Milk production is a fundamental driver of market dynamics in Great Britain

The Agriculture and Horticulture Development Board hold a milk forecasting forum twice a year, where representatives from across the industry debate, analyse and discuss the key factors influencing production.

GB milk production for the 2023/24 season is forecast to reach 12.32 bn litres, 0.5% less than the previous milk year, according to our September forecast update.

The milk year up until the forecast renewal ran ahead of last year’s production being driven by the higher prices seen at the end of 2022/beginning of 2023. This led to higher yields and a slowdown in the rate of cows leaving the herd. In addition, favourably wet weather through most of the summer led to high levels of forage availability keeping production ahead of last year.

However, the expectations are now that with a much lower milk price and still eye-wateringly expensive input costs, many farmers could be facing a winter crisis in cash flows. This could be further exacerbated by rising interest rates meaning the cost of borrowing and overdrafts are higher. In addition, many will be hit with a bumper tax bill following the last year of high milk cheques.

There will be little incentive for farmers to push cows and herd reductions could be made to boost cash flows later in the autumn/winter. We expect milk flows will begin to dwindle, steadily in the short term, with potential for some bigger reductions in the early part of 2024.

Milk supplies have gone into decline for September and October

There is a risk that some farmers may elect to keep their foot on the production pedal to keep their overall milk cheques at a reasonable level. However, bearing in mind current costs of production, chasing marginal litres for a headline milk cheque could be damaging for on-farm profit margins but also contribute further towards the current over-supply issues.

It is important to note that October 2022 had exceptional conditions for milk production, recording the highest volumes in seven years. The weather was unseasonably warm and sunny and milk prices were on the up, moving towards the December peak.

In contrast, the weather in October 2023 was poor, with farmers particularly affected by the heavy rainfall and flooding resulting from Storm Babet. Eastern parts of Scotland and the east coast of England saw exceptional amounts of rainfall and flooding as well as strong winds. These conditions led to many cows being brought in to sheds earlier than expected.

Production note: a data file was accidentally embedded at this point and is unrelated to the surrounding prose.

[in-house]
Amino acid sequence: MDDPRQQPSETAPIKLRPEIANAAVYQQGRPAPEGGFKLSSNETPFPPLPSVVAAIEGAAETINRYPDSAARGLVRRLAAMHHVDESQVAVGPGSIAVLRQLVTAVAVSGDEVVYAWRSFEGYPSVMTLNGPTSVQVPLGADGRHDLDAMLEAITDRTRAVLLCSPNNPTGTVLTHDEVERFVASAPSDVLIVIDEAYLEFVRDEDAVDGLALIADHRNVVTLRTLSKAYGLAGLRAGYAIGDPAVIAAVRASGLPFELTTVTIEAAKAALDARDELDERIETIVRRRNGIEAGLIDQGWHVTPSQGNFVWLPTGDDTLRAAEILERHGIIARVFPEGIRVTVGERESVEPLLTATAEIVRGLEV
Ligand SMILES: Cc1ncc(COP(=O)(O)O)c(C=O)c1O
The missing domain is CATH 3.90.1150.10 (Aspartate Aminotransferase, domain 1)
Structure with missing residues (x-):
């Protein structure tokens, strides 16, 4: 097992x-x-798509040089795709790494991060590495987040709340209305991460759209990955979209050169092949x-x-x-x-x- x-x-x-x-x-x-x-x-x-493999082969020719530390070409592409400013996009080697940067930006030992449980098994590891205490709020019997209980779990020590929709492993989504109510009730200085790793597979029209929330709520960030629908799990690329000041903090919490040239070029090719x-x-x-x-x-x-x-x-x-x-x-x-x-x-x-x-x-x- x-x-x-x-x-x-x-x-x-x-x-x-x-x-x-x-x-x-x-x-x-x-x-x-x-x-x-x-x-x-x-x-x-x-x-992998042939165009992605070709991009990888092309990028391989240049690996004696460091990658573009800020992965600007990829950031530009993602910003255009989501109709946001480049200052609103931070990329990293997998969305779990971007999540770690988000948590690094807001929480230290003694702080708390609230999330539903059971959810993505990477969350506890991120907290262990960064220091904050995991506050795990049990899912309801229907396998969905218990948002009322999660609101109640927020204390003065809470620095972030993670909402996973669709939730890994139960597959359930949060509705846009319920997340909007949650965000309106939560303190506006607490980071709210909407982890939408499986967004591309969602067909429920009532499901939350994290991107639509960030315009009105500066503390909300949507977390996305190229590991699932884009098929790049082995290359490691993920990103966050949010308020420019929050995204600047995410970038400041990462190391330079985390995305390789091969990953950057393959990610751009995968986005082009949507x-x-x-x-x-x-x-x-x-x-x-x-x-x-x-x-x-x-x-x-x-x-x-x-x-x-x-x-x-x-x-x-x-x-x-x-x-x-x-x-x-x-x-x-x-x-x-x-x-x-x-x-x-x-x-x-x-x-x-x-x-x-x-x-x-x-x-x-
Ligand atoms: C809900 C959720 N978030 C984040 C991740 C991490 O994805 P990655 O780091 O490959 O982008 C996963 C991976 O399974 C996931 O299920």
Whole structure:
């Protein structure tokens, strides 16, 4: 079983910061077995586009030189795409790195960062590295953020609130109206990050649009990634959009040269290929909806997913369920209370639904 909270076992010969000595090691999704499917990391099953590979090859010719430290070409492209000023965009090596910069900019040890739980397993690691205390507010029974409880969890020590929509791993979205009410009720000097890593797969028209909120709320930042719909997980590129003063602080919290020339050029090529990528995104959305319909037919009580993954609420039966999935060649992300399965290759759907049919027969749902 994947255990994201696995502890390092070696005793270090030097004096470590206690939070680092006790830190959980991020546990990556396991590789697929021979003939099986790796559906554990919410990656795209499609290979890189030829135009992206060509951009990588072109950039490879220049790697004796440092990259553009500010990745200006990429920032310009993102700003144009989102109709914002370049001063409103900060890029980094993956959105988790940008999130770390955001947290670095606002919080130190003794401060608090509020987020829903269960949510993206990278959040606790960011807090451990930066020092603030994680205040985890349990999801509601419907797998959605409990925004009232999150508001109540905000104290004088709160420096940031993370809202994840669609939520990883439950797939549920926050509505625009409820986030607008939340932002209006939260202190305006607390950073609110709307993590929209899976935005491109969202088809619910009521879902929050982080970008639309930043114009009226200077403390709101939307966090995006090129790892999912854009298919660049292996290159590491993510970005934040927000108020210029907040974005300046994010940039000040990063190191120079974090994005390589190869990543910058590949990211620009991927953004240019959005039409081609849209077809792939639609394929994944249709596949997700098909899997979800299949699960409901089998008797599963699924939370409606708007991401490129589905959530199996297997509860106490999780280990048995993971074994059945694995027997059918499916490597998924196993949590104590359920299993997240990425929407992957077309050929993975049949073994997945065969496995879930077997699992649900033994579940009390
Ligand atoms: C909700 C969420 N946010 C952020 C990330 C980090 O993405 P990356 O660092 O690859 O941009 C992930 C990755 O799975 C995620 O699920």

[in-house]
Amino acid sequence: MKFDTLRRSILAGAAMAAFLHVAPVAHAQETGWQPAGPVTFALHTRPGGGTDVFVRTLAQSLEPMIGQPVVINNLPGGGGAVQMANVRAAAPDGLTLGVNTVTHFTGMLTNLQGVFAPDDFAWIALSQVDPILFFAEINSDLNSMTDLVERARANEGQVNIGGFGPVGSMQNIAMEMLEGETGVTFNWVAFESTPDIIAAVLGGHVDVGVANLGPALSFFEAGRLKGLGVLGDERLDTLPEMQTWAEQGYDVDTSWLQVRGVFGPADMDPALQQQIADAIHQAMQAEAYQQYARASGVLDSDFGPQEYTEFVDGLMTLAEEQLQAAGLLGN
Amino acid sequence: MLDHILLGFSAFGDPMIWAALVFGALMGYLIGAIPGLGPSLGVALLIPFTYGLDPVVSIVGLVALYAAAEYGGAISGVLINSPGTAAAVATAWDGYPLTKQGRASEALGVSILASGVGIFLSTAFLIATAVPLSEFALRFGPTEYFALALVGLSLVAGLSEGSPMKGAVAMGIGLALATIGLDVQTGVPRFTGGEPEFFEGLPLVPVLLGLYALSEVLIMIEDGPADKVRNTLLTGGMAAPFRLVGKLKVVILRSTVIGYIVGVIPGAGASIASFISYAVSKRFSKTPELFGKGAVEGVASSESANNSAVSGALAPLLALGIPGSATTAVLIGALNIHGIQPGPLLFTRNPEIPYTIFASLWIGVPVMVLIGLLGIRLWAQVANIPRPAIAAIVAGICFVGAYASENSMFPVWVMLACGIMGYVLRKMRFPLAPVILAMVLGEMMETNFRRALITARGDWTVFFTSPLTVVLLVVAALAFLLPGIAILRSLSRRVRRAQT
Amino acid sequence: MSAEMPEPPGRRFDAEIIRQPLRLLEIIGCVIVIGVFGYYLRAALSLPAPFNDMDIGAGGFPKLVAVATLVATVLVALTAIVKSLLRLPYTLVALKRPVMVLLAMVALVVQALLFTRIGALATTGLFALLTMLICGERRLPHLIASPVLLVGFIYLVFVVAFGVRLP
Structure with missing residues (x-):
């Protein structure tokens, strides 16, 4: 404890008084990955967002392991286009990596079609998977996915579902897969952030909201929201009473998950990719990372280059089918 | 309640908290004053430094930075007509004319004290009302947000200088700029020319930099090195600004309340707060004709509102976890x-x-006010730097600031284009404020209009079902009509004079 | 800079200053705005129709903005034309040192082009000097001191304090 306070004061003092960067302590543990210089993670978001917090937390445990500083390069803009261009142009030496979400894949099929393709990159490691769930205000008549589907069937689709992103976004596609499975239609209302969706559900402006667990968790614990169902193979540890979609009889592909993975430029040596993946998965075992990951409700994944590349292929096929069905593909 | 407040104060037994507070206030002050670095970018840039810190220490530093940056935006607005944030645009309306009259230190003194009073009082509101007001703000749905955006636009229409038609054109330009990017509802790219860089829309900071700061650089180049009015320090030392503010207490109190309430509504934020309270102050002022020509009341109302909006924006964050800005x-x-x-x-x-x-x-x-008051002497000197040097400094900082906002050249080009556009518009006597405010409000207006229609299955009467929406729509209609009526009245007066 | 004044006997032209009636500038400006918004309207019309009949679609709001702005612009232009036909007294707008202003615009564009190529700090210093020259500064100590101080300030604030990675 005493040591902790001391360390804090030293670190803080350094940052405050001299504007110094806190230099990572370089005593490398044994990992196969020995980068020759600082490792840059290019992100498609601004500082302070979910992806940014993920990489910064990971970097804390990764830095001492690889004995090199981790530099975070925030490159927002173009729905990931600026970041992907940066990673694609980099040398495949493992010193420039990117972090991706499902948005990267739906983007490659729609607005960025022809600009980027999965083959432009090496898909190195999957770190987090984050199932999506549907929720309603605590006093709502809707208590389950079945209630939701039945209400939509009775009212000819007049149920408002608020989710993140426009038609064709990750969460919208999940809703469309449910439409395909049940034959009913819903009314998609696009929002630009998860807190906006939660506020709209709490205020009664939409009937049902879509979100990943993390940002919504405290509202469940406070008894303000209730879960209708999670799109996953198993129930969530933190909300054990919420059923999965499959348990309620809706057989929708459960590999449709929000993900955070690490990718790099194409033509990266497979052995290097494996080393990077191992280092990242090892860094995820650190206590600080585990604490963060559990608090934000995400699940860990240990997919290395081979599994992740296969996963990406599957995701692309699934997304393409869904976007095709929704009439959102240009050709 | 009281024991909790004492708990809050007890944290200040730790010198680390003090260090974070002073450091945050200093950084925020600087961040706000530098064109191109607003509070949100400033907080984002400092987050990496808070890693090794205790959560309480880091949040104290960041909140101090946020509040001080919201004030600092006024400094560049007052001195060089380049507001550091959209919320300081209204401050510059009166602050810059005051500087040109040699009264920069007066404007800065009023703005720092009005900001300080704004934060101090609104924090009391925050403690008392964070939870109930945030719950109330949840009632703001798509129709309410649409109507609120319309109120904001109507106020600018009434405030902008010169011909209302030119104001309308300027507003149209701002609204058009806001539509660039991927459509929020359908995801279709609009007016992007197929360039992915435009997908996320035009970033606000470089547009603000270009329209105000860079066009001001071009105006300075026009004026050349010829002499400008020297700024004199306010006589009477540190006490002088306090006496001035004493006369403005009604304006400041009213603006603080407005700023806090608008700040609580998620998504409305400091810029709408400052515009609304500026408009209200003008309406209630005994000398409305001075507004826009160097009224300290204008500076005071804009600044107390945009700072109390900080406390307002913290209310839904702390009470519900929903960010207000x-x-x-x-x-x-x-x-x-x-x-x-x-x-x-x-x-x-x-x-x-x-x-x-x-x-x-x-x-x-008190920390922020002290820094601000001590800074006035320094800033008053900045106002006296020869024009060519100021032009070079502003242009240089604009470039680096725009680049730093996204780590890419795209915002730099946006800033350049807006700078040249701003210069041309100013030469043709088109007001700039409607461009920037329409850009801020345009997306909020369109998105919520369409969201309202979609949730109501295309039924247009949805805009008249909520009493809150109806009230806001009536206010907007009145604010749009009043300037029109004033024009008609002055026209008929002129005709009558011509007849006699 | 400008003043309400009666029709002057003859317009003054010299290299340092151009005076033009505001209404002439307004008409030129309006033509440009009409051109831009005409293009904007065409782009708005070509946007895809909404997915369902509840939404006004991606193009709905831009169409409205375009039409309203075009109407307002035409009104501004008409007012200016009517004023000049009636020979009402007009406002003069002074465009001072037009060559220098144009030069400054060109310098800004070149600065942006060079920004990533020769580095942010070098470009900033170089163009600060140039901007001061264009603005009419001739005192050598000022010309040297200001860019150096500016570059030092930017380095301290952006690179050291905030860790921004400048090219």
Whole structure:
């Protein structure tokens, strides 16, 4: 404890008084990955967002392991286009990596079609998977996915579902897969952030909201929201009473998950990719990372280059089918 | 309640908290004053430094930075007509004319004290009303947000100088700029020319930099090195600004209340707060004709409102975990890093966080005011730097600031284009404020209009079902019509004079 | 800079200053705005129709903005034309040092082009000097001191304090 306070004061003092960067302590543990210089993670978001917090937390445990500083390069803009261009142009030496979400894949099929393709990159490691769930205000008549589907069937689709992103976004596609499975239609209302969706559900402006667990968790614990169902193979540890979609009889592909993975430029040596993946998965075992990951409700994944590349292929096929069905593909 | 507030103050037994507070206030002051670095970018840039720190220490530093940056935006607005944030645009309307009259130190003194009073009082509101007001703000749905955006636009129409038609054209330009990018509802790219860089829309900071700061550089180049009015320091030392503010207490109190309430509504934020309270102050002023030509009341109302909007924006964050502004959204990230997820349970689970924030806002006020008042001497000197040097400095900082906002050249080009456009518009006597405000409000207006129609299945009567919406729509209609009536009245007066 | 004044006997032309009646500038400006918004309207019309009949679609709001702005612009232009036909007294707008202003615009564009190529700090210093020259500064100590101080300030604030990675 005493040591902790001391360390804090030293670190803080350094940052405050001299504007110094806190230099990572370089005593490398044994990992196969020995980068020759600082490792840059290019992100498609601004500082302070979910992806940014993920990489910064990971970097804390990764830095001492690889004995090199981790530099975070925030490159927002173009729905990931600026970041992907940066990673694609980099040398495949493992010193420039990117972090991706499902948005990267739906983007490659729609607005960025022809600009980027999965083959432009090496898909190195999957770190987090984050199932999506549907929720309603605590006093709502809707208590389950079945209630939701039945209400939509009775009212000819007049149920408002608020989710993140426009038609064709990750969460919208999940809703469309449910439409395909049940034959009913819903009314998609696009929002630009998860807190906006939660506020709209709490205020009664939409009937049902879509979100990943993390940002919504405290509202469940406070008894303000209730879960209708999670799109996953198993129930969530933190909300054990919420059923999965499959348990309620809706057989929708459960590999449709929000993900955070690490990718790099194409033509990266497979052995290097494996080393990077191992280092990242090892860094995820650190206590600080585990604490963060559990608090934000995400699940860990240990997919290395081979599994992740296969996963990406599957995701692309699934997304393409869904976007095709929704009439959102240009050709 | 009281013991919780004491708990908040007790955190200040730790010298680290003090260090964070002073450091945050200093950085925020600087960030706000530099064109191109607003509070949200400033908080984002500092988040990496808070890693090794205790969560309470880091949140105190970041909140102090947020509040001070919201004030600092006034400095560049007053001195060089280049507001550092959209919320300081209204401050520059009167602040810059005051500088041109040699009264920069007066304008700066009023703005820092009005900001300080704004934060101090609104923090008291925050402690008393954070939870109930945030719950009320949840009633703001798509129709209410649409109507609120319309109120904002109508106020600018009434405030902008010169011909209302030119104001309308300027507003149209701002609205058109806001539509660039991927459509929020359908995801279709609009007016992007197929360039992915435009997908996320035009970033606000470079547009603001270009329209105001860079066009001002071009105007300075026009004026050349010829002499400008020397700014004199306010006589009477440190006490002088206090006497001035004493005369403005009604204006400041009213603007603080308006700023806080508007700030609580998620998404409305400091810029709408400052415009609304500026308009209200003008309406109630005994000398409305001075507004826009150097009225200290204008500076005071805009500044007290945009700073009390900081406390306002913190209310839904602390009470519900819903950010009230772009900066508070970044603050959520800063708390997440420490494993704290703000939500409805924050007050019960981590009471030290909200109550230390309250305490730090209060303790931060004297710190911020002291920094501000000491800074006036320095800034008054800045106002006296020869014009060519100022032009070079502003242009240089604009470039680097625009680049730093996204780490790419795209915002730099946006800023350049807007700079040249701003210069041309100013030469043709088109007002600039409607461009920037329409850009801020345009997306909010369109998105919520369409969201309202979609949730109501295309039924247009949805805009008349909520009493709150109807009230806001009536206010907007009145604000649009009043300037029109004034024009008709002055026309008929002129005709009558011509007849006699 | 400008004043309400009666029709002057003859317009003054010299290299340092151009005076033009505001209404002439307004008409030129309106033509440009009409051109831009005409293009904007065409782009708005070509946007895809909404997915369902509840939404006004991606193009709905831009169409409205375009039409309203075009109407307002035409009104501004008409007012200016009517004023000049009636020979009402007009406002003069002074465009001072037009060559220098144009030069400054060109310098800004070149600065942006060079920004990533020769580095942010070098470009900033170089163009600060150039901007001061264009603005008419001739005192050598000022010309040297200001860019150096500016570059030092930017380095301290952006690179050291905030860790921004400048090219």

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This material is published by NatWest Group plc (“NatWest Group”), for information purposes only and should not be regarded as providing any specific advice. Recipients should make their own independent evaluation of this information and no action should be taken, solely relying on it. This material should not be reproduced or disclosed without our consent. It is not intended for distribution in any jurisdiction in which this would be prohibited. Whilst this information is believed to be reliable, it has not been independently verified by NatWest Group and NatWest Group makes no representation or warranty (express or implied) of any kind, as regards the accuracy or completeness of this information, nor does it accept any responsibility or liability for any loss or damage arising in any way from any use made of or reliance placed on, this information. Unless otherwise stated, any views, forecasts, or estimates are solely those of NatWest Group, as of this date and are subject to change without notice. Copyright © NatWest Group. All rights reserved.

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